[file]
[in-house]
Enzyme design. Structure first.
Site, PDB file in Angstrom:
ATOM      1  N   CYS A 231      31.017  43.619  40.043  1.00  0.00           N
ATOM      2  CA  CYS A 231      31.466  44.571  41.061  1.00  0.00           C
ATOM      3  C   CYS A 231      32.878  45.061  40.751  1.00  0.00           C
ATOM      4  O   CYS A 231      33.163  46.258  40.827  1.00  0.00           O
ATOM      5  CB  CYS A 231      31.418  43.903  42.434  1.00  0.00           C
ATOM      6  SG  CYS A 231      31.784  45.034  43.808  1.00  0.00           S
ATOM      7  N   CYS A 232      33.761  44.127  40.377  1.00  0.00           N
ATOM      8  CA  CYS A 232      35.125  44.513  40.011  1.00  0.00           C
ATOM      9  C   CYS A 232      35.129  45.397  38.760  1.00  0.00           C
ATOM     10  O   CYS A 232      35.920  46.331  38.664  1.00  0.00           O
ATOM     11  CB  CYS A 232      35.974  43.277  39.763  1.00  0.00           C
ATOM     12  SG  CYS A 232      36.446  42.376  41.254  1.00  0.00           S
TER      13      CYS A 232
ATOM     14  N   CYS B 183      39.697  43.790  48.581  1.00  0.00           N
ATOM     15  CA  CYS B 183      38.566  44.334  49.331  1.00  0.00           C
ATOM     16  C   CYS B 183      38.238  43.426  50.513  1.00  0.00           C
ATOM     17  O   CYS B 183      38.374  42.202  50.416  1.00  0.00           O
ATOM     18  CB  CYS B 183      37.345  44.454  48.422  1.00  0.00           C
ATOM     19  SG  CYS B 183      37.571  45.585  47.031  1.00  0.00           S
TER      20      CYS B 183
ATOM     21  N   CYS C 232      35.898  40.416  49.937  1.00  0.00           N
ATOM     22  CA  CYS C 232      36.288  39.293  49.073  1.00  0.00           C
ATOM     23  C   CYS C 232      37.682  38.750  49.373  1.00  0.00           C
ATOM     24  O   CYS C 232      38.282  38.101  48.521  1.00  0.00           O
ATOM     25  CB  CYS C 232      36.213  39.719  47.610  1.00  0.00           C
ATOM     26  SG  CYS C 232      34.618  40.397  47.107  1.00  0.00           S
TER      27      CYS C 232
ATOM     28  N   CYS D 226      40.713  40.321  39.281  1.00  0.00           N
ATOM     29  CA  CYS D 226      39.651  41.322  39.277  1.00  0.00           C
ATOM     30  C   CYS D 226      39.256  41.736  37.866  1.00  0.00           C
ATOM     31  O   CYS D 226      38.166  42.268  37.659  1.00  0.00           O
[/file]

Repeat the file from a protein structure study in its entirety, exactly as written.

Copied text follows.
[in-house]
Enzyme design. Structure first.
Site, PDB file in Angstrom:
ATOM      1  N   CYS A 231      31.017  43.619  40.043  1.00  0.00           N
ATOM      2  CA  CYS A 231      31.466  44.571  41.061  1.00  0.00           C
ATOM      3  C   CYS A 231      32.878  45.061  40.751  1.00  0.00           C
ATOM      4  O   CYS A 231      33.163  46.258  40.827  1.00  0.00           O
ATOM      5  CB  CYS A 231      31.418  43.903  42.434  1.00  0.00           C
ATOM      6  SG  CYS A 231      31.784  45.034  43.808  1.00  0.00           S
ATOM      7  N   CYS A 232      33.761  44.127  40.377  1.00  0.00           N
ATOM      8  CA  CYS A 232      35.125  44.513  40.011  1.00  0.00           C
ATOM      9  C   CYS A 232      35.129  45.397  38.760  1.00  0.00           C
ATOM     10  O   CYS A 232      35.920  46.331  38.664  1.00  0.00           O
ATOM     11  CB  CYS A 232      35.974  43.277  39.763  1.00  0.00           C
ATOM     12  SG  CYS A 232      36.446  42.376  41.254  1.00  0.00           S
TER      13      CYS A 232
ATOM     14  N   CYS B 183      39.697  43.790  48.581  1.00  0.00           N
ATOM     15  CA  CYS B 183      38.566  44.334  49.331  1.00  0.00           C
ATOM     16  C   CYS B 183      38.238  43.426  50.513  1.00  0.00           C
ATOM     17  O   CYS B 183      38.374  42.202  50.416  1.00  0.00           O
ATOM     18  CB  CYS B 183      37.345  44.454  48.422  1.00  0.00           C
ATOM     19  SG  CYS B 183      37.571  45.585  47.031  1.00  0.00           S
TER      20      CYS B 183
ATOM     21  N   CYS C 232      35.898  40.416  49.937  1.00  0.00           N
ATOM     22  CA  CYS C 232      36.288  39.293  49.073  1.00  0.00           C
ATOM     23  C   CYS C 232      37.682  38.750  49.373  1.00  0.00           C
ATOM     24  O   CYS C 232      38.282  38.101  48.521  1.00  0.00           O
ATOM     25  CB  CYS C 232      36.213  39.719  47.610  1.00  0.00           C
ATOM     26  SG  CYS C 232      34.618  40.397  47.107  1.00  0.00           S
TER      27      CYS C 232
ATOM     28  N   CYS D 226      40.713  40.321  39.281  1.00  0.00           N
ATOM     29  CA  CYS D 226      39.651  41.322  39.277  1.00  0.00           C
ATOM     30  C   CYS D 226      39.256  41.736  37.866  1.00  0.00           C
ATOM     31  O   CYS D 226      38.166  42.268  37.659  1.00  0.00           O